I’m not an expert on the science behind the measurement of skills or the construction of competency frameworks. What I know I’ve learned from years of promoting to business and labour the need to address literacy issues in the workplace. I know that understanding what is required to perform a task is not simple, that requiring a certain grade level is not sufficient, and that ensuring people have the requisite literacy and essential skills is critical to success.
In this post I want to look at some the content of Skills for Success. The documentation is scant as I’ve mentioned before. I’ve based this blog post on the information contained in the Social Research and Demonstration Corporation’s (SRDC) publication Research Report to support the launch of Skills for Success: Structure, evidence and recommendations, the only background document posted on the Skills for Success website.
To be fair, throughout the report SRDC emphasizes the interim nature of its work:
“the range of actions, processes, and descriptors built into the constructs at this stage represent a provisional, not definitive, structure for each skill.”
Each skill of the nine skills in the Skills for Success framework has a definition, a series of components and sub-components as well as an explanation as to why the skill is important. SRDC describe the components as “important sub-processes or behaviours that make up each skill.” I’m not familiar with the use of the term component in the context of skills articulation.
I was surprised to see the use of the word ‘ability’ throughout the definitions. My understanding is that there is a difference between ‘skills’ and ‘abilities’ with skills being the “capabilities or proficiencies developed through training or hands-on experience. Skills are the practical application of theoretical knowledge,” while abilities are “the innate traits or talents that a person brings to a task or situation.”
The focus on an individual’s abilities shifts the narrative. Under the ES Framework, for example, my own overall skills levels were not as important as whether I had the requisite skills to perform the task at hand, making it possible to possess greater skill levels than required. The focus on individual ability could lead to these skills being seen in a way similar to grade level attainment without referencing a particular context in which to apply the skills.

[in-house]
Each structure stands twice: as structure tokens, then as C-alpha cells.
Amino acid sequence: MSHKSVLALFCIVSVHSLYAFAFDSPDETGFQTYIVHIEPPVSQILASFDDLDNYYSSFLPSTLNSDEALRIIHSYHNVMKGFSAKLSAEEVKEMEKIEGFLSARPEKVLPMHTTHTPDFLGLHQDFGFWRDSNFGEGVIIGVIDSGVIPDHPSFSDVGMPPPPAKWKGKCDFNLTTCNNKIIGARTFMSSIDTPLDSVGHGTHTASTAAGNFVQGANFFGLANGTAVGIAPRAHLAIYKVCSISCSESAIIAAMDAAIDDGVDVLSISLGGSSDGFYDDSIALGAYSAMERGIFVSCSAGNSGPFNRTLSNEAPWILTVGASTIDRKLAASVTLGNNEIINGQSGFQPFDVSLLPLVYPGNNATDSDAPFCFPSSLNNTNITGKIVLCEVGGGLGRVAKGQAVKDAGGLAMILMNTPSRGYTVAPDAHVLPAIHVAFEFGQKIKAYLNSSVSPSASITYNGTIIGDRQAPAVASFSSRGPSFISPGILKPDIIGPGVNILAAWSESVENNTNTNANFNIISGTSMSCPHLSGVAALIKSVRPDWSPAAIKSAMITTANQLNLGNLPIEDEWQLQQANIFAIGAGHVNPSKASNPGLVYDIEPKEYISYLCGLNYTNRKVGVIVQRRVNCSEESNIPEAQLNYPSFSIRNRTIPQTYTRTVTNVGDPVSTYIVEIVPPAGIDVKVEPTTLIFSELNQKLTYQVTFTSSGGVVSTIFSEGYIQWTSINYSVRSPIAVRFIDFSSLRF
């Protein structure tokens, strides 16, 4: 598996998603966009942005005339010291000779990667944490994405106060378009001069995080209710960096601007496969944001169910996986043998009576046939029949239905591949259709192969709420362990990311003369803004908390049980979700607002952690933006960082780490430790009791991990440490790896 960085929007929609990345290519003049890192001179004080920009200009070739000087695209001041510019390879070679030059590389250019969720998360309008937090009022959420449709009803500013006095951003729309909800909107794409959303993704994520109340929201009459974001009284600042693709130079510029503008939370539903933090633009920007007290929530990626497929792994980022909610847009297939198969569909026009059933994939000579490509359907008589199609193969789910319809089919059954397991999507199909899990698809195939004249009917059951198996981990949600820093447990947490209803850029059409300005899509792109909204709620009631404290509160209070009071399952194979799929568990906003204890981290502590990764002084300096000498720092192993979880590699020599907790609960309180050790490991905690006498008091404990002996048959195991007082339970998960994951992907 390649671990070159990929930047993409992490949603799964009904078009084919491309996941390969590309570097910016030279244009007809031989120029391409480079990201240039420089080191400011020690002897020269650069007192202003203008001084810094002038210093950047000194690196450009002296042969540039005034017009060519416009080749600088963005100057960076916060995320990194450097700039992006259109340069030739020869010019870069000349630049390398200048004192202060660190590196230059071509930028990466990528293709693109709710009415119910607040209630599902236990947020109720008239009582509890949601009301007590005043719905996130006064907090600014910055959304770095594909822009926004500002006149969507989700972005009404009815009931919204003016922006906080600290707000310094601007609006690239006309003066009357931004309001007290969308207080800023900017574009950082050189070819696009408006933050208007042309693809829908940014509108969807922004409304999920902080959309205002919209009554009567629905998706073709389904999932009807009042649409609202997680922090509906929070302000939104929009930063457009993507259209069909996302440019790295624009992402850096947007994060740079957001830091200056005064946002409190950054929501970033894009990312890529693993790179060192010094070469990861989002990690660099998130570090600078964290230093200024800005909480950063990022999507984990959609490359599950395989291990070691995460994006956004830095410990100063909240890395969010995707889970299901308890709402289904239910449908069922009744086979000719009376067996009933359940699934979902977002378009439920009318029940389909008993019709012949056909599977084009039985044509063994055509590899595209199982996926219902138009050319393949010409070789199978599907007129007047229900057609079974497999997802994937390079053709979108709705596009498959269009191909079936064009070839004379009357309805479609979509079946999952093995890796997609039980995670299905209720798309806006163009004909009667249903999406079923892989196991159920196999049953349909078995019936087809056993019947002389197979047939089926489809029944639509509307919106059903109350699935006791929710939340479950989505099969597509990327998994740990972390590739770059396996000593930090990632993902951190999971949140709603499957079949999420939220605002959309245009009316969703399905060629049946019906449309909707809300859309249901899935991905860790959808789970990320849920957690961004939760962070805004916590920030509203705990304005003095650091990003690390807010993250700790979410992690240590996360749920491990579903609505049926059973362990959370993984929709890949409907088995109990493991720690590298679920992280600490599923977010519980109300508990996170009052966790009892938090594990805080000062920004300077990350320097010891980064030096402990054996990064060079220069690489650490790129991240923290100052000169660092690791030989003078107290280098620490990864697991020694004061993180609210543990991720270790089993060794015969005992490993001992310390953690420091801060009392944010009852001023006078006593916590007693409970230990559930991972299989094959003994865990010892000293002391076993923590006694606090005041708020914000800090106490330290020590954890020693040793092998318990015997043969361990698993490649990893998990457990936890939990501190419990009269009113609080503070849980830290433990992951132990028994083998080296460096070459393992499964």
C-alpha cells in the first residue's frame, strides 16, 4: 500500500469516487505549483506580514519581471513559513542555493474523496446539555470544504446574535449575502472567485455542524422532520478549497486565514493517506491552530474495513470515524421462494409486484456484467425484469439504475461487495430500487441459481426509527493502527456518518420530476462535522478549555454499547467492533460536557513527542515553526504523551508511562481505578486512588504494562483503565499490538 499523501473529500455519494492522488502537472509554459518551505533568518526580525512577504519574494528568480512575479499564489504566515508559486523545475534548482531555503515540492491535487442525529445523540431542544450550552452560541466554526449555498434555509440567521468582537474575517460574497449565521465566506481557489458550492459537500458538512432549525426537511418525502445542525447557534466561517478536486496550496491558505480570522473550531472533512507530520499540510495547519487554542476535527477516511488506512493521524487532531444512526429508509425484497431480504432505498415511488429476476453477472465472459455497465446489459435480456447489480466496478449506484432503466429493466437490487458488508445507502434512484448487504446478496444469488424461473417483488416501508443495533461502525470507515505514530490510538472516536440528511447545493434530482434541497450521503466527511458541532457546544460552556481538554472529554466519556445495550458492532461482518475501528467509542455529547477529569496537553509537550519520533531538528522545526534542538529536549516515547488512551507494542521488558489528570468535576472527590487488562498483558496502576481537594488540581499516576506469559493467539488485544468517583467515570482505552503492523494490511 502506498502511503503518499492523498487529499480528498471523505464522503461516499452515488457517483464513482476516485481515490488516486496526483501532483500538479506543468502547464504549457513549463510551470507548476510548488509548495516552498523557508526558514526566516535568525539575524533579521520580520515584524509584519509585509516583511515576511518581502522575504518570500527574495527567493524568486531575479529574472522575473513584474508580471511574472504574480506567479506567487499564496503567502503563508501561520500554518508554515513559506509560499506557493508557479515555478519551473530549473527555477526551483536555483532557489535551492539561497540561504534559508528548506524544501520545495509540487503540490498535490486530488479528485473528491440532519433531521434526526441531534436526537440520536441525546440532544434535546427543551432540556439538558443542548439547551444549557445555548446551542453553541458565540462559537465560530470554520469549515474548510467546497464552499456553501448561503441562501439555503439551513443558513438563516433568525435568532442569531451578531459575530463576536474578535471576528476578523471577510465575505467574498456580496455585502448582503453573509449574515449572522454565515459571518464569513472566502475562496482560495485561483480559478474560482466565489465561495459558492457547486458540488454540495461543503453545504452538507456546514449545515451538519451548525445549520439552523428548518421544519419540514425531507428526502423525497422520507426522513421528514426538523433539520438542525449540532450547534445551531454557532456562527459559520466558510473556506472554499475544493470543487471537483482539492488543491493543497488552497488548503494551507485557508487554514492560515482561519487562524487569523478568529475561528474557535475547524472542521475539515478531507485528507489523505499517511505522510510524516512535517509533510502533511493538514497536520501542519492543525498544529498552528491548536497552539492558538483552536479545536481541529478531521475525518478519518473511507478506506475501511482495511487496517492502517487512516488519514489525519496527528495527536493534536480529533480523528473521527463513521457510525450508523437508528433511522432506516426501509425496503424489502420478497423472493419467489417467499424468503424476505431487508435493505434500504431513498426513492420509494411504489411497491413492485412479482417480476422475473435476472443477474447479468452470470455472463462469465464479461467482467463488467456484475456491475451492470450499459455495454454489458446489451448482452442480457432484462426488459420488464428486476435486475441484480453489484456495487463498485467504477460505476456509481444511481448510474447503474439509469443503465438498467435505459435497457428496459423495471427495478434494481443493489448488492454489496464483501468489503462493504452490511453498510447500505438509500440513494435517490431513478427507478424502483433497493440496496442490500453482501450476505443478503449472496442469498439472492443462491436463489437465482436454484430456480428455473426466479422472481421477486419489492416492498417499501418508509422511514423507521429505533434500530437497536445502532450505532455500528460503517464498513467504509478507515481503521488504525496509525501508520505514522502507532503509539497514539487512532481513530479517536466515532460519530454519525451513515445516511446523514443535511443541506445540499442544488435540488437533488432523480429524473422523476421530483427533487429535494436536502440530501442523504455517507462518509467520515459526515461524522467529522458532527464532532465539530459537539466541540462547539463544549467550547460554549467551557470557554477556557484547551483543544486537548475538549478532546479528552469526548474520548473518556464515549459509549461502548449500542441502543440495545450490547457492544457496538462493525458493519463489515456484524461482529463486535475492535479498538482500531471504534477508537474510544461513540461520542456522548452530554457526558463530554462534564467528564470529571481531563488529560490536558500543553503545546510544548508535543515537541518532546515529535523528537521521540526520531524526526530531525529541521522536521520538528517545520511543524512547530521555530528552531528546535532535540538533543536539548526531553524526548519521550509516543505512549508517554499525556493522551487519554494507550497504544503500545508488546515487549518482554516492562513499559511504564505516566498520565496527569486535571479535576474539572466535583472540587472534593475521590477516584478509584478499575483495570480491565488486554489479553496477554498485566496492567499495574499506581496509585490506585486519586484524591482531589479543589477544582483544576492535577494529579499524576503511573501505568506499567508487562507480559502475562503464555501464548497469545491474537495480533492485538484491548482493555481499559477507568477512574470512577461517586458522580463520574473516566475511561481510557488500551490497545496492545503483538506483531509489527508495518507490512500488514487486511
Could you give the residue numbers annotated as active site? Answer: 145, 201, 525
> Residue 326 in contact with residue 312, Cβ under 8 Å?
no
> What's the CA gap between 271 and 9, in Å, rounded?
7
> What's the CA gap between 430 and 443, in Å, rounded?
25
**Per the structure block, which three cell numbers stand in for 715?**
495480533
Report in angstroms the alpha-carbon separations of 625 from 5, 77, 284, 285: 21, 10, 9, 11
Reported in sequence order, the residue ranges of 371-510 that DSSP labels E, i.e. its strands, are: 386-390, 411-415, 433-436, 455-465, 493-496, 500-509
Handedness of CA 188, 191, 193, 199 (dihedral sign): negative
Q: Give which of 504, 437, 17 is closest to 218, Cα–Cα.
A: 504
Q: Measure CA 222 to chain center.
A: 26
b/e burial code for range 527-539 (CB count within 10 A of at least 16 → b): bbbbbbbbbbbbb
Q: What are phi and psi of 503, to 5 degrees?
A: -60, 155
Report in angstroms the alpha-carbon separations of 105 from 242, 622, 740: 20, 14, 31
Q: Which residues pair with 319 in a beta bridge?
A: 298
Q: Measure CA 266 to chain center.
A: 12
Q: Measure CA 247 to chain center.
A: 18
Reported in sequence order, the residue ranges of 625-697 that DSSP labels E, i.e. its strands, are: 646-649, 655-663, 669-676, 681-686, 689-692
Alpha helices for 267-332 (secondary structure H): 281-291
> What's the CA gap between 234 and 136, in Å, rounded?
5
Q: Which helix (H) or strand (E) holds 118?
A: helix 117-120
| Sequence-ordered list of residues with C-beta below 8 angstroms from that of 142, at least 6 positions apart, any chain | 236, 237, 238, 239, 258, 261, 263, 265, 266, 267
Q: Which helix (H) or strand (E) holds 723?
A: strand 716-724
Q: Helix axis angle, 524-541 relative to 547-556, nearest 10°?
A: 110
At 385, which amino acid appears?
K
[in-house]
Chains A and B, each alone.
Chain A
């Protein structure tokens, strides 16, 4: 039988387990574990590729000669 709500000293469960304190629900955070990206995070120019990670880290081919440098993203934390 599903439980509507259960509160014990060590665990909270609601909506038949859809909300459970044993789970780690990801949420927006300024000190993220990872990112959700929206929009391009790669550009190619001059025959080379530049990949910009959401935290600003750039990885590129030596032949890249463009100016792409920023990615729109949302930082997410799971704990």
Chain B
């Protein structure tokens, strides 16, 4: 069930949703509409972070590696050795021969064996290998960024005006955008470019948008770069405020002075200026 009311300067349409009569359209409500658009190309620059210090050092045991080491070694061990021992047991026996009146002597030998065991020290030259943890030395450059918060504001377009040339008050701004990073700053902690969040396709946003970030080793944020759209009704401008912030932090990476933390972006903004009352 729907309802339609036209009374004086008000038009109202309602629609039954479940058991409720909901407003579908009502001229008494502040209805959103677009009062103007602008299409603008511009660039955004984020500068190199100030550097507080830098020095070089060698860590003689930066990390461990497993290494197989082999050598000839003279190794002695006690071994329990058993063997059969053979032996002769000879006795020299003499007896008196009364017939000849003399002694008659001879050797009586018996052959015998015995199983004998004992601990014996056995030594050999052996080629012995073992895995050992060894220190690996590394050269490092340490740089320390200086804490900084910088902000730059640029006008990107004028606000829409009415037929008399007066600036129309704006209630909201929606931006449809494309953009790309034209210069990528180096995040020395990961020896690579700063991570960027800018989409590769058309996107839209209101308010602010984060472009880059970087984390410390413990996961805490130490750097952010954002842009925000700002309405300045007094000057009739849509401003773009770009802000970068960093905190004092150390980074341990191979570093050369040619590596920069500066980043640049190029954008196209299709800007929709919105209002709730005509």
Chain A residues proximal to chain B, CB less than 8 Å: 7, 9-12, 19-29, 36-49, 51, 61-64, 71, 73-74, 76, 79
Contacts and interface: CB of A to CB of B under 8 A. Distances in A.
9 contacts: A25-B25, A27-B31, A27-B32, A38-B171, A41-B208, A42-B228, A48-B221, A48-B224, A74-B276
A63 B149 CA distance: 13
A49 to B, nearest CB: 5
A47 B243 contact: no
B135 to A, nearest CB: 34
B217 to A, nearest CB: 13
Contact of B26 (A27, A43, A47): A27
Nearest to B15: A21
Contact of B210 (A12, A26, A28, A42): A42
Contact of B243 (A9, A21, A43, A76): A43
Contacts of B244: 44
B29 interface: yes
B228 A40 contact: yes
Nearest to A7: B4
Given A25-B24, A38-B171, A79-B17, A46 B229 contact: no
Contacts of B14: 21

Integrating document use into reading, writing and numeracy is not something I would have suggested (and apparently others felt the same). Having spent years promoting workplace literacy to employers and labour, I saw that understanding the difference in using documents as opposed to reading books was a revelation for many. It opened many employers’ eyes to the value of workplace literacy programs based on improving document literacy. Using workplace documents to improve workplace and skills assessment performance changed how practitioners taught and how employers considered job skills. I would like to see more documentation on the pros and cons of this change.
I’m curious as to the differences between the Skills for Success skills and Employment and Social Development Canada’s (ESDC) newly created Skills and Competencies Taxonomy. As one report stated, “The absence of a common framework in Canada has led to the development of multiple classifications by governments and private firms alike.” The Taxonomy is designed to:
…streamline terminology across a number of competency domains and concepts (e.g., skills, personal abilities and attributes, knowledge, interests), occupational work context, work activities, and tools and technology information, while aiming to improve the comparability of their incidence and application throughout occupations and sectors.